The following is an excerpt from The Geek Atlas
, by John Graham-Cumming. Listen to SciFri on July 10, 2015, to hear him talk about other destinations in the book.
Horn Antenna, Holmdel, NJ
40° 23′ 26.61″ N, 74° 11′ 5.57″ W
Down a private road on top of Crawford Hill in Holmdel, New Jersey, is a 15-meter horn-shaped antenna built for Bell Labs and designed to pick up faint signals from an early NASA communications satellite. It achieved its purpose, and much more: the antenna ended up detecting signals that confirmed the Big Bang.
The Horn Antenna was built in 1959 as part of NASA’s Project Echo. Rather than using powered satellites for communication, as is done today, Project Echo involved placing 30- to 40-meter spherical balloons in orbit and bouncing microwave signals off them. In 1960 the Echo 1A satellite was successfully launched and placed in low Earth orbit. Echo 1A, weighing 76 kilograms and made of a mylar polyester film, showed that satellite communication would work: TV and radio signals were transmitted to it, bounced off it, and received.
On August 12, 1960, the Horn Antenna at Holmdel received a message transmitted from California and bounced off Echo 1A: “This is President Eisenhower speaking. This is one more significant step in the United States’ program of space research and exploration being carried forward for peaceful purposes. The satellite balloon, which has reflected these words, may be used freely by any nation for similar experiments in its own interest.”
In 1964, two scientists working on calibrating the Horn Antenna to remove interference were unable to identify a source of random noise. The antenna’s design was intended to eliminate noise from the surroundings; it was cooled to just above Absolute Zero to eliminate noise from the heat of the receiver; and the scientists chased off pigeons that contaminated the antenna interior with their droppings. The scientists had even placed metal tape over protruding rivets to try to achieve silence.
But a microwave noise remained. The scientists, Arno Penzias and Robert Wilson, determined that the noise was present day and night. By moving the antenna, which was built to examine any part of the sky, they found that the noise was present no matter where they looked.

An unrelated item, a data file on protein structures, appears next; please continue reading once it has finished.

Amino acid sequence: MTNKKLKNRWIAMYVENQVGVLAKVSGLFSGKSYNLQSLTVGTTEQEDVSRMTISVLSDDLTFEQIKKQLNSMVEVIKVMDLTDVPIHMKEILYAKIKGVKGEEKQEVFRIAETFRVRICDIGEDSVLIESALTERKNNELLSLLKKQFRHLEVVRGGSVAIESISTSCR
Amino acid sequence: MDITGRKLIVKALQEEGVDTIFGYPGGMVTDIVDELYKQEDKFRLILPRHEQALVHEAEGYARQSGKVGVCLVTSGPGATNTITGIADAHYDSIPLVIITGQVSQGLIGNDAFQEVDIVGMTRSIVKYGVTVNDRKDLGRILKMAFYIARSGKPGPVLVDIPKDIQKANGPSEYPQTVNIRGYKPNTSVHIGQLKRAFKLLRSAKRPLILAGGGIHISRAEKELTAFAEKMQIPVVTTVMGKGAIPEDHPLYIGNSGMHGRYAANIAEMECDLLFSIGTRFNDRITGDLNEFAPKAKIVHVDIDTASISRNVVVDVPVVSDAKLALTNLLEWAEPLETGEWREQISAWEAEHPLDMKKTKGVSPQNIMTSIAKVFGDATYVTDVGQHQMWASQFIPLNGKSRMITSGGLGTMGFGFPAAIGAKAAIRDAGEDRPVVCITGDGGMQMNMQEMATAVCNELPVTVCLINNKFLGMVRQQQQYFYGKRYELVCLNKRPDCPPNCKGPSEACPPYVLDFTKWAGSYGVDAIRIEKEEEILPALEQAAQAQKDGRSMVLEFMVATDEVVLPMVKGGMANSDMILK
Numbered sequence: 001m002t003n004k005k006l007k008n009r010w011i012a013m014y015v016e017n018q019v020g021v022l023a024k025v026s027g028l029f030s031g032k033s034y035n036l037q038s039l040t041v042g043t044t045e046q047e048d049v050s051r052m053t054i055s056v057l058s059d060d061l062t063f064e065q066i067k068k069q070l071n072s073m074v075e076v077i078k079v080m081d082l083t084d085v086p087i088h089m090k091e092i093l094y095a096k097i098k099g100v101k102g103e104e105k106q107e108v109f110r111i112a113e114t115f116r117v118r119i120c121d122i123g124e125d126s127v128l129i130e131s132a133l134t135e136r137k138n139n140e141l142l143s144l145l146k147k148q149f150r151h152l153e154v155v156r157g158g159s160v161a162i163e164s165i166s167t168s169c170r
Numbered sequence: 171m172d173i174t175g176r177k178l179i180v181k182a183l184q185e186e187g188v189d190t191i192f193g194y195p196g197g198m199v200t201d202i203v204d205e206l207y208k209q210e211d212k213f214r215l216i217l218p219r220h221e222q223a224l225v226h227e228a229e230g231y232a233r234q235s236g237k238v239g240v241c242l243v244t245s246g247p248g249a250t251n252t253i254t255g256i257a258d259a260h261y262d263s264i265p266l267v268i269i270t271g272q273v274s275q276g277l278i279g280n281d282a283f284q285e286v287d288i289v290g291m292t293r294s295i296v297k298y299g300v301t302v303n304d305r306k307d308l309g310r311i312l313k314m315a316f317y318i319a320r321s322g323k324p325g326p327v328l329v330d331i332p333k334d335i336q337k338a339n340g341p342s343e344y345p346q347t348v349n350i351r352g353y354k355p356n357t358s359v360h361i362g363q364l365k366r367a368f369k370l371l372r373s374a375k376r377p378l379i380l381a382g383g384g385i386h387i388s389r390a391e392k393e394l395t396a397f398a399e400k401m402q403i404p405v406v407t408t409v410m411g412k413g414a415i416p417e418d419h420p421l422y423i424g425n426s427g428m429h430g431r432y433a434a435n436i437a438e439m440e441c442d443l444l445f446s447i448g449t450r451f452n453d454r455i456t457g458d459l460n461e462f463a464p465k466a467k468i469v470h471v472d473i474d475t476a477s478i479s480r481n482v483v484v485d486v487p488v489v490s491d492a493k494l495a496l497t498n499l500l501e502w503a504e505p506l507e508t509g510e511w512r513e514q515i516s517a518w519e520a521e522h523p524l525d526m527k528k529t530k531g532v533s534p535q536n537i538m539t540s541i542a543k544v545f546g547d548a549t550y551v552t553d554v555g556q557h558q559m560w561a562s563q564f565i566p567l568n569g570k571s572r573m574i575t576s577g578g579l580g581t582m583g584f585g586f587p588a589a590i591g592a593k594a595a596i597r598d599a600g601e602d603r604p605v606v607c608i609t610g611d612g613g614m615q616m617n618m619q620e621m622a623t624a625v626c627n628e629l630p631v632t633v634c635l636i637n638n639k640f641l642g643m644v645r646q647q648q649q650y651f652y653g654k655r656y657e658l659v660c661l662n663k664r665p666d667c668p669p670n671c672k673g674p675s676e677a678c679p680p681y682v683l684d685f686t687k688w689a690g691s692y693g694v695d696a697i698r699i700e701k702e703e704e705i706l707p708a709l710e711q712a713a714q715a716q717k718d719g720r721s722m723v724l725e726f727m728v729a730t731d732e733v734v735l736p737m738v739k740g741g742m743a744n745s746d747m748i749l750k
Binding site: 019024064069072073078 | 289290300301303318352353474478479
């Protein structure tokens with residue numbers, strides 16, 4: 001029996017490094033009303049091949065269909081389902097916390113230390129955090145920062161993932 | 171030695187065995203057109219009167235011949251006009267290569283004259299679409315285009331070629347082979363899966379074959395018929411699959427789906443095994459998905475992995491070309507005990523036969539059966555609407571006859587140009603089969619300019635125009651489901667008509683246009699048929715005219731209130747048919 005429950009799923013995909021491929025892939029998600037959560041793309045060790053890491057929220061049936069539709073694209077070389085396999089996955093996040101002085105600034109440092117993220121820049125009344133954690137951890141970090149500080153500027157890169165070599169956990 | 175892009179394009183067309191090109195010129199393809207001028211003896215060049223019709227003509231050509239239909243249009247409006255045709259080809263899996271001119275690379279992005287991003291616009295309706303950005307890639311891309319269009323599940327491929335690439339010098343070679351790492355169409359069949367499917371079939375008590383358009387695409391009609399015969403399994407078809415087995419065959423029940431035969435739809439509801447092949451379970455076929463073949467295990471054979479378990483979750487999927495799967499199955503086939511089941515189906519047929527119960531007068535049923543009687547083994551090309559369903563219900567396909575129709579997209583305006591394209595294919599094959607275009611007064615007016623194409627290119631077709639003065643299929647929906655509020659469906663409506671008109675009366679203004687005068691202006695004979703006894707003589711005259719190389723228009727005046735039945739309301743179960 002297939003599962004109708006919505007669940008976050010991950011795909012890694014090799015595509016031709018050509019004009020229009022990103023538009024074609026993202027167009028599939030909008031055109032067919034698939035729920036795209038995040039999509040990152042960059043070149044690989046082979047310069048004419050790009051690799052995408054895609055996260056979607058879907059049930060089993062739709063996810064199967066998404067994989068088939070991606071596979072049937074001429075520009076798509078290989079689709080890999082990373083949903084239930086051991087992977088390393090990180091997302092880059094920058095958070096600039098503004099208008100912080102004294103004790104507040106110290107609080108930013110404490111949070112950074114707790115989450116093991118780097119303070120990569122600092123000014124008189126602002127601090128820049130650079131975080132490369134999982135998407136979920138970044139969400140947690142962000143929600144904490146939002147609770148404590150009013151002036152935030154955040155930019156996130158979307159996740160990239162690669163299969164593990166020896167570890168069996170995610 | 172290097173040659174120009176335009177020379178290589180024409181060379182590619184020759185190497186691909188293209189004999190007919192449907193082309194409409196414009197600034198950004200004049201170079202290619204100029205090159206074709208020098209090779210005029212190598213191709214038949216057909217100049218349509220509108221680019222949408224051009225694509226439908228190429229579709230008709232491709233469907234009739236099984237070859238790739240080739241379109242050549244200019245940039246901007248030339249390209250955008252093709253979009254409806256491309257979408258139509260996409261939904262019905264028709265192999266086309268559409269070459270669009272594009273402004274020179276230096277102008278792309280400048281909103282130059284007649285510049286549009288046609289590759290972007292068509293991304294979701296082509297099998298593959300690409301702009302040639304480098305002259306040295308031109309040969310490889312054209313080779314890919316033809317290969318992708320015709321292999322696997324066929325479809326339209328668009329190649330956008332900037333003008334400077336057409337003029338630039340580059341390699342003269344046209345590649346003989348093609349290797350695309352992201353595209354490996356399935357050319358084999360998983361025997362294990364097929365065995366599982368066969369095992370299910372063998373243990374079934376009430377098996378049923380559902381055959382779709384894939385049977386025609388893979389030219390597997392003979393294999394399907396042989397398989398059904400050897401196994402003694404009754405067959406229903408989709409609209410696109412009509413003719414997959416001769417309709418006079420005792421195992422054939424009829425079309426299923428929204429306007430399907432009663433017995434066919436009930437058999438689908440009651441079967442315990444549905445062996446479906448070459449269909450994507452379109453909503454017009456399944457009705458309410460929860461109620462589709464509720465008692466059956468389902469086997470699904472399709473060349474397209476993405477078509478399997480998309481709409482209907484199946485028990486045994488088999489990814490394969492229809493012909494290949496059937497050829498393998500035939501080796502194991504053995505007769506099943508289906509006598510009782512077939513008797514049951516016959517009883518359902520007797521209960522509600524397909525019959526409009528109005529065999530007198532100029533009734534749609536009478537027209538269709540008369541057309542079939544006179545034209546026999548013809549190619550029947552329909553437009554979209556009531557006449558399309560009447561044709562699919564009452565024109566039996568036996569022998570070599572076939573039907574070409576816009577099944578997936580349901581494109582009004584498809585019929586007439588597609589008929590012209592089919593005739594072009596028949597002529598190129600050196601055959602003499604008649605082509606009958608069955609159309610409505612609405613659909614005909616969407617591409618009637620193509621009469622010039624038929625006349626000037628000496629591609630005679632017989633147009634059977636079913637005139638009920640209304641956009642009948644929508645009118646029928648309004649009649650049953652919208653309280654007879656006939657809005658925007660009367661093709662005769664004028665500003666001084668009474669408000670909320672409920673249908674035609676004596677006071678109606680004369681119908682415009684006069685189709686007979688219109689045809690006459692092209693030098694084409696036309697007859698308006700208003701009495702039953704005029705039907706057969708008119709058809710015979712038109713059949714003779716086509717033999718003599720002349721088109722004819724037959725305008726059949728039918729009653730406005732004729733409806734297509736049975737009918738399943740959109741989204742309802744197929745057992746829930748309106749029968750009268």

In fact, they had discovered a trace of the Big Bang: cosmic background microwave radiation. The noise being received on a microwave wavelength of 7.35 centimeters (the wavelength at which the antenna’s receiver was built to operate) had been predicted since the 1940s. With its detection, the Big Bang theory prevailed over other rival explanations for the origin of the universe, and Penzias and Wilson were awarded the Nobel Prize.
Today the antenna is a National Historic Monument and is easily seen from the road. It sits on a rotating base and is attached directly to a small hut, where the receiving equipment was located. The entire antenna (but not the hut) can rotate on its axis to point at different parts of the sky. It is no longer in use.
At the entrance to Bell Labs’ old Holmdel site at 101 Crawfords Corner Road, there’s a water tower billed as the World’s Largest Transistor (Bell Labs was the home of the first transistor, although it looked nothing like the water tower). Continuing northwest on Crawfords Corner Road, you’ll reach a junction where you turn right onto Holmdel Road. The antenna is on a private road off of Holmdel Road; turn right after you’ve passed Longview Drive.
Copyright © 2009 John Graham-Cumming. All rights reserved. Published by O’Reilly Media, Inc.
About the author
John Graham-Cumming is a wandering programmer who’s lived in the U.K., California, New York, and France. Along the way he’s worked for a succession of technology start-ups, written the award-winning open source POPFile email program, and churned out articles for publications such as The Guardian
newspaper, Dr. Dobb’s Journal,
and Linux Magazine
. His previous effort writing a book was the obscure and self-published computer manual GNU Make Unleashed
, which saturated its target market of 100 readers. Because he has a doctorate in computer security, he’s deeply suspicious of people who insist on being called Doctor, but doesn’t mind if you refer to him as a geek. He is the proud owner of a three-letter domain name where he hosts his website: http://www.jgc.org